There’s so much talk of people buying their first homes, but for many of us, it’s out of reach right now.
Maybe you’re not earning enough, or you’re priced out of the market. Or maybe you can’t come up with a big enough deposit.
If all your friends have bought already, it can feel as though you’re the only one left renting.
So, how can you turn your situation into something positive?
1. Make sure you have done all the figures
There’s no point giving up on your first home dream before you’ve seriously looked at the numbers. A financial adviser or other expert can help you do the sums. Maybe a house in your area of the country is cheaper than you think? Do a budget and seek expert advice.
2. Lower your expectations
Your first home likely won’t be your dream home. So, if you’re wanting your first buy to be a four-bedroom family home in a good area, you might need to get realistic.
For many, your first home is your first step on the property ladder. It doesn’t have to be a house you’re forced to stay in for the rest of your life. You can easily use your first home as a stepping stone to buy a more suitable place later on. If you wait until you can afford your dream home, you might never be able to buy.
3. Set yourself a goal
OK, so maybe you can’t afford to buy a house this year. But what about in the next five years? Or 10? Many Kiwis are in the same boat as you and it will take them longer to buy their first home, due to rising property prices and incomes that haven’t kept pace. And some people never will be able to afford to buy.
Setting goals for when you might be able to afford your own place is a great idea if you’re serious about buying. A financial adviser can help you with this.
4. Think outside the box
Many people are considering other options to help them get into their first home. Could you look at building? Maybe it’s cheaper. Stay with family or friends while you save up a deposit, or consider living in a tiny house.
It might be tempting to stay living in the location you love, but if you move to a cheaper regional town for a couple of years, that might fast-track your goals.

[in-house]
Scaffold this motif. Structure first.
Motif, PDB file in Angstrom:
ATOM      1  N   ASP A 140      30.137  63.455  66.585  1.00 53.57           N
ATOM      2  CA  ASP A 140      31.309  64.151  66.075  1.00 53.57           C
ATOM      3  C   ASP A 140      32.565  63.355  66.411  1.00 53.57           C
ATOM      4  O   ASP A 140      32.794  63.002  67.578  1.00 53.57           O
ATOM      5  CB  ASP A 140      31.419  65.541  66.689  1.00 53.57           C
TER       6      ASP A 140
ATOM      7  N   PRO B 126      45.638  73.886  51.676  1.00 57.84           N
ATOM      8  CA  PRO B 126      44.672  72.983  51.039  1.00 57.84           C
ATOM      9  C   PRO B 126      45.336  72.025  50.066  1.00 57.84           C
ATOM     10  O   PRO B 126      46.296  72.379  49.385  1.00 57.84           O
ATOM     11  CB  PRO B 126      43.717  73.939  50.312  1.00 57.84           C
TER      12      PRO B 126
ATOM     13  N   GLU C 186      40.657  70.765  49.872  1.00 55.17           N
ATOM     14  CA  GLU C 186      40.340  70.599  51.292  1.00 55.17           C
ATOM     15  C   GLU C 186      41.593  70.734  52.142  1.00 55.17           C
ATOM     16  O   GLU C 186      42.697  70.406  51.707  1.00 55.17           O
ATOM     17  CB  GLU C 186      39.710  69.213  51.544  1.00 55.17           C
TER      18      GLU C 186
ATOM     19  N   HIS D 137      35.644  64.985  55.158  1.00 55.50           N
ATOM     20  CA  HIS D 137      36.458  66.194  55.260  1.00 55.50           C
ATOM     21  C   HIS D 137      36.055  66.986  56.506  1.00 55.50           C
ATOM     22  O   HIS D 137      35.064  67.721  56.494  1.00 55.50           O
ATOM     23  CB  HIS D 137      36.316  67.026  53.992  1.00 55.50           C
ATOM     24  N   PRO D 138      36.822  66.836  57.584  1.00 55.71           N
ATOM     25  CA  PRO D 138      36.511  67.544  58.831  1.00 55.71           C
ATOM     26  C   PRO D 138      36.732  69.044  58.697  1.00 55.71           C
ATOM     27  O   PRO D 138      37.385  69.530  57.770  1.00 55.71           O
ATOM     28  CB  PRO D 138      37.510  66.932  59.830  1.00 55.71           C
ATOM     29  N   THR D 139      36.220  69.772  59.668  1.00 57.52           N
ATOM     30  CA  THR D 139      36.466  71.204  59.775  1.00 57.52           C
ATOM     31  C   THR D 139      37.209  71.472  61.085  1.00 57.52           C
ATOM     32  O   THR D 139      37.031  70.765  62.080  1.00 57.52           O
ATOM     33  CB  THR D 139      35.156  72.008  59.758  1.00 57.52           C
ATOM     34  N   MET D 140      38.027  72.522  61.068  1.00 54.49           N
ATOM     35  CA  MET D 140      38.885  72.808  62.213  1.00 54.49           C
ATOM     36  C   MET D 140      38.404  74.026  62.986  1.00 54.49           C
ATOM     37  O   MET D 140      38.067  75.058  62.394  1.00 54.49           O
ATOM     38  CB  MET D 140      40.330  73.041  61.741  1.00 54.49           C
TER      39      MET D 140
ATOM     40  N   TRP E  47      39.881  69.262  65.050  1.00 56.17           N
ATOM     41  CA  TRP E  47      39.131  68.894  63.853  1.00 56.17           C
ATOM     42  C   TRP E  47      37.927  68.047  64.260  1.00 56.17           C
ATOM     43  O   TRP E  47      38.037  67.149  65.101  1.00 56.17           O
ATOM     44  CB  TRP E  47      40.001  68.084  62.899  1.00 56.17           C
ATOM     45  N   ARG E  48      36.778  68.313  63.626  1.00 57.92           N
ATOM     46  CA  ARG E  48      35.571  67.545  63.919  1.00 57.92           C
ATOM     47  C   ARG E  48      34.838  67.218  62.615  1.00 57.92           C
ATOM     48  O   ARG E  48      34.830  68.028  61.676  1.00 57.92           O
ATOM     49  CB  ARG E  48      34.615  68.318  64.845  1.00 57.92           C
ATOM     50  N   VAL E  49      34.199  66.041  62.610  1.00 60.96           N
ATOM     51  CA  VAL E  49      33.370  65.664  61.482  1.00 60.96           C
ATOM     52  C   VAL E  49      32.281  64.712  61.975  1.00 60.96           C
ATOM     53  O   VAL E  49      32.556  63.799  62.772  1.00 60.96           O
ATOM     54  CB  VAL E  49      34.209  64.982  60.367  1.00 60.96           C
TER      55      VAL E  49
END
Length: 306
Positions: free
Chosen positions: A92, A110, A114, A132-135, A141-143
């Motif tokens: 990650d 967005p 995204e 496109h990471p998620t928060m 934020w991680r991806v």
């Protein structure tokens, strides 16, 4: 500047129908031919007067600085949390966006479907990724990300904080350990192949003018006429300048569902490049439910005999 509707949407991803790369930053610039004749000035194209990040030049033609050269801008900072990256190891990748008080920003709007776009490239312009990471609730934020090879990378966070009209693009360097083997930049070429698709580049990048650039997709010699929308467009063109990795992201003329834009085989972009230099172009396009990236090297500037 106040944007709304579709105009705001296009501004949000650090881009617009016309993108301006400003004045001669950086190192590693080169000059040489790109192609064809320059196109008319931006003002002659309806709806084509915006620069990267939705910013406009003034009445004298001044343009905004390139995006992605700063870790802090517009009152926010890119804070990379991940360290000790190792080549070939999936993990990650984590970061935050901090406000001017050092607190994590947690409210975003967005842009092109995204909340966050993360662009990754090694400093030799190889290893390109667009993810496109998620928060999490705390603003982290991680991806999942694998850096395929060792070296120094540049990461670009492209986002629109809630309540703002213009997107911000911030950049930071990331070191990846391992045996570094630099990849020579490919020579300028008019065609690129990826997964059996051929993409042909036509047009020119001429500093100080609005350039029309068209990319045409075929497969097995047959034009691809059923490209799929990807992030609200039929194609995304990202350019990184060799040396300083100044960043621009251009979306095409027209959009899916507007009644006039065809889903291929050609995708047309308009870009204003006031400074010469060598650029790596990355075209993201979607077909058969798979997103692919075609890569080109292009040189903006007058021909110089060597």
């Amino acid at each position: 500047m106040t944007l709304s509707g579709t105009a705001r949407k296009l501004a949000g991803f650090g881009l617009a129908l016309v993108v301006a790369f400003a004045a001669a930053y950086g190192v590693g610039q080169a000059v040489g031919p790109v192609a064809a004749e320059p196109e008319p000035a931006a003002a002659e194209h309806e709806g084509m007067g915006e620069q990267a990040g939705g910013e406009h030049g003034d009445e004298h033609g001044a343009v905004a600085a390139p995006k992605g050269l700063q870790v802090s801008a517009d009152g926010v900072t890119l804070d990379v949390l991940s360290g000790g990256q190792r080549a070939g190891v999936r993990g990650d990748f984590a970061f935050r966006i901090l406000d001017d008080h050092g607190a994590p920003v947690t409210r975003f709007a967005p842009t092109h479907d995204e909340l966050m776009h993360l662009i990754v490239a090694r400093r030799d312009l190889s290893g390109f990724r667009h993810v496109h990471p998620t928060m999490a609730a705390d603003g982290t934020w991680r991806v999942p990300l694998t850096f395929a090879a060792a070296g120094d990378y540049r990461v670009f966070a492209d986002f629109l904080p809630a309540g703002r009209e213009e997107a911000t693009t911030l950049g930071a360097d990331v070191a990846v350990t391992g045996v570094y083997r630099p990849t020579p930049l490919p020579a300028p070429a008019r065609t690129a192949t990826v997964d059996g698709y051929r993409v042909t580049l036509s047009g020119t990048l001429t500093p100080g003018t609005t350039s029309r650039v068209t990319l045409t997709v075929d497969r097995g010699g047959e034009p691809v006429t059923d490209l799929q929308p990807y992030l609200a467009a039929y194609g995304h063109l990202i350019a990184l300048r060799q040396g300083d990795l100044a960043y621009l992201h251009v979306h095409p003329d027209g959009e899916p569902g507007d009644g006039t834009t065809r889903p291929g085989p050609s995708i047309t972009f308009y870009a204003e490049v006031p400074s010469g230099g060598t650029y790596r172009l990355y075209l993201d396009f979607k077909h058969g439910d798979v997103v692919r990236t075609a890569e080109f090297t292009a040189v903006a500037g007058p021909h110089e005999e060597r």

Could you join forces with family or friends to buy? It might be easier to bridge the financial gap for a deposit between a few of you. Just make sure you get legal advice on any arrangements you make.
5. Make sacrifices
It’s easy to get despondent and think previous generations had it easier. But, in fact, buying a house requires sacrifices, no matter how old you are and when you bought. Have you made some sacrifices in your plans to buy your first home? Maybe you could give up eating out and buying takeaway coffee for a year, and see how much you’ll save. Create a tight budget. Change your living situation. Consider sharing a flat instead of renting your own. All the dollars add up, and the way to your own first home requires sacrifice and effort.
6. Have you accessed all the money you can?
Did you know you can use your KiwiSaver money to help you buy your first home? If you’re not enrolled in KiwiSaver and plan to buy your first house at some stage, contributing to KiwiSaver is a good decision. You’ll get free money from the government and from your employer to help you reach your first-home deposit.
You also might qualify for more money from the government – called the KiwiSaver First Home Grant. This could be up to NZ$5,000 if you’re buying a house, and up to NZ$10,000 if you’re building.
There’s also the First Home Loan which you might qualify for if you’re struggling to come up with a deposit. With a First Home Loan, you only need a 5 per cent deposit, not the 20 per cent that most lenders require.
7. Don’t give up!
Try to keep a positive attitude. This can be hard when it feels like you’re the only one not able to get into your first home. But you never know what the future might hold. You could get a new job where you earn more, the market could change, you could take on a side job, come into some family money or, if you’re single you could end up meeting someone and combining your deposit money.
Or you might find a perfect property at a steal.
Published January 2019
Story by Claire Connell, JUNO
This article is general in nature only and has not taken into account any particular person’s objectives or circumstances. We recommend you speak with a financial adviser. All content is correct at time of publication date.